Two days of rain caused the river to rise twenty feet! The river looks fat and happy, it’s carrying lots of stuff down the river, mostly tree branches it grabs off the shore, and I certainly don’t have to worry about the water being too low to be able to get through the back sloughs. There’s just more river everywhere, and it’s moving faster even here in the Alton pool (the last lock and dam is just below Alton.)

About halfway through my trip, I got ambushed by several schools of Asian carp. (It’s an invasive species that’s been a problem ever since the 1993 flood, when they escaped the pens they’d been kept in before that.) There must have been about 100 crazy fish jumping out of the water, hitting the boat — one even hit my paddle. They get stirred up by any movement in the water and just jump straight out and up in the air, and they are big! It’s as if they’re all on crack or something. You can hear them jumping behind you, which is bad enough, but when they jump in front I’m really glad to be wearing a spray skirt. I definitely wouldn’t want one landing in the boat with me. It’s like something out of Guindon, or perhaps Tobit.


I arrived in Alton at a launch directly under this beautiful cable bridge, and Bob and Wita took Mary and me on a drive to view the sights of Alton: we stopped for a beer at Fast Eddie’s, a huge bar downtown, very fun; looked at a lifesize sculpture of the gentle giant, a resident of Alton who was 8’11”; drove around the campus of the community college and the town park, visited the site of the final Lincoln-Douglas debate, and then had a really excellent dinner downtown. A very fine time in Alton, which is doing a great job of maintaining its own unique identity even with St. Louis looming just a few miles downriver.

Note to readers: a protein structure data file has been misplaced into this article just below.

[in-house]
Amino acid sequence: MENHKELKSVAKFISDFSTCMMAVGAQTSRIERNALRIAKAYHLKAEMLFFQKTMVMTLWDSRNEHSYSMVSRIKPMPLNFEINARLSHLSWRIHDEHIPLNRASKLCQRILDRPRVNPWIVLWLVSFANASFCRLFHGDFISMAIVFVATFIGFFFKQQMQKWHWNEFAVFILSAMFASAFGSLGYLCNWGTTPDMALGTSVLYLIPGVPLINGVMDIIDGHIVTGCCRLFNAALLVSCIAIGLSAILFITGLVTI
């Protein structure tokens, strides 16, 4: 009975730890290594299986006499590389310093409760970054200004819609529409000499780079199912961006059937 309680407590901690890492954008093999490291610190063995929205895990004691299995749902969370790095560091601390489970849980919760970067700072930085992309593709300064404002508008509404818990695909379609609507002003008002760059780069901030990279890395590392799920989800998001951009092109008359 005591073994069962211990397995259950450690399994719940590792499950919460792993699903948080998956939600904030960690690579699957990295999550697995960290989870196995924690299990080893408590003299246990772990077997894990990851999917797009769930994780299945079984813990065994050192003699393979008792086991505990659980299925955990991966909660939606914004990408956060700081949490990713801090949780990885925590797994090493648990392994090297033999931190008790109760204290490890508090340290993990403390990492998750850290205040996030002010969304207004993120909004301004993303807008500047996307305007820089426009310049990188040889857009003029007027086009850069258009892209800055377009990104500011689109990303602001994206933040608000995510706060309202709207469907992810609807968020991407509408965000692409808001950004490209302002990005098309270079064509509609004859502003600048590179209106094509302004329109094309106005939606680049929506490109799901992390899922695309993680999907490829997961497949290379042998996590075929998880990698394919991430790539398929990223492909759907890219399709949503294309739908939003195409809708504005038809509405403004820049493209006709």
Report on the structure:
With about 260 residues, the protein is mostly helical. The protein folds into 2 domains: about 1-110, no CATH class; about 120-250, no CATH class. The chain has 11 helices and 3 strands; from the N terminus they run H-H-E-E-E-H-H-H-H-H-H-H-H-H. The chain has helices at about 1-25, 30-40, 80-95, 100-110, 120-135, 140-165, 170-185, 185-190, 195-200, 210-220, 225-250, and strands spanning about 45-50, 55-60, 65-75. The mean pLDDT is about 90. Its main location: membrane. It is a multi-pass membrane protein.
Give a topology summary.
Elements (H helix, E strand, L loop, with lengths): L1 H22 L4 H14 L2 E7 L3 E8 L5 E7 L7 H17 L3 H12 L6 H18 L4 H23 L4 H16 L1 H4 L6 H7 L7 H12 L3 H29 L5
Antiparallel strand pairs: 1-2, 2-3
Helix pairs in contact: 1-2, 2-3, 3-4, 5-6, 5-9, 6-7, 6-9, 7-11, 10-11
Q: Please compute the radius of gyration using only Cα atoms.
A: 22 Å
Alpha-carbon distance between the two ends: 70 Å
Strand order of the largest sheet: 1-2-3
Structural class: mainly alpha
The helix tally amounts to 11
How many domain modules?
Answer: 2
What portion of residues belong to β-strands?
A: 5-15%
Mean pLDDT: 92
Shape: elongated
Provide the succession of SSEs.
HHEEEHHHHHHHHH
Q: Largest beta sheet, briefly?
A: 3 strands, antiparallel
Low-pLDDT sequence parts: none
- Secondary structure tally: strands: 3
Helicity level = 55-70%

counting stuff works

Last night, Lori and I stopped off at the River Music Experience, where Terry Dame happened to be setting up for a show, an unexpected pleasure, and we caught a few songs, but couldn’t stay to say hi, because we had to head back north to Bellevue, where we had left Lori’s car these last days, and we wanted to set up camp before dark. We camped right by the river, haven’t done that in a while: it’s a real pleasure to wake up and watch the dawn come up right over the water. I said goodbye to Lori, who’s been a great fellow-traveler these last days, and then headed down to Le Claire and caught a service at the Presbyterian Church before driving down to meet Susan and Jim in Davenport. I’ve known Susan for a couple of years now on Walker Tracker, a site for counting pedometer steps (totally nerdy, I grant you, but a really fun community.) We’d never actually met in person until today, and I was really happy they drove all the way from Tremont to spend the afternoon with me. Susan is part of my inspiration for doing this trip: I really respect and enjoy her whole approach to life, and love all the very deep commonalities we share despite our ostensible differences. And Jim is great: a tall, handsome, laconic Republican pacifist. (But still not much of a TV watcher(!)) After a leisurely brunch, we went to the Figge Art Museum, which has a pretty great collection, augmented by work that was displaced from the University of Iowa collection by last year’s flood, including a really fine Jackson Pollack that captures something amazing about the river and the farmland, and an Odilon Redon pastel woman on cardboard, which I think Despina would love a lot (and I’m really happy because I just found an online photo of it.)

After Susan and Jim left, I drove down to Muscatine and realized I’m tired enough that a motel and a day off are the answer, so I found a fabulous Econolodge and gratefully settled in. There is absolutely nothing interesting to look at or take in or experience in this motel room, and I have running water and a hot shower and free wifi at my fingertips, and it feels absolutely luxurious to be able to take a day to clean up, take stock, and get ready for the next leg of this journey.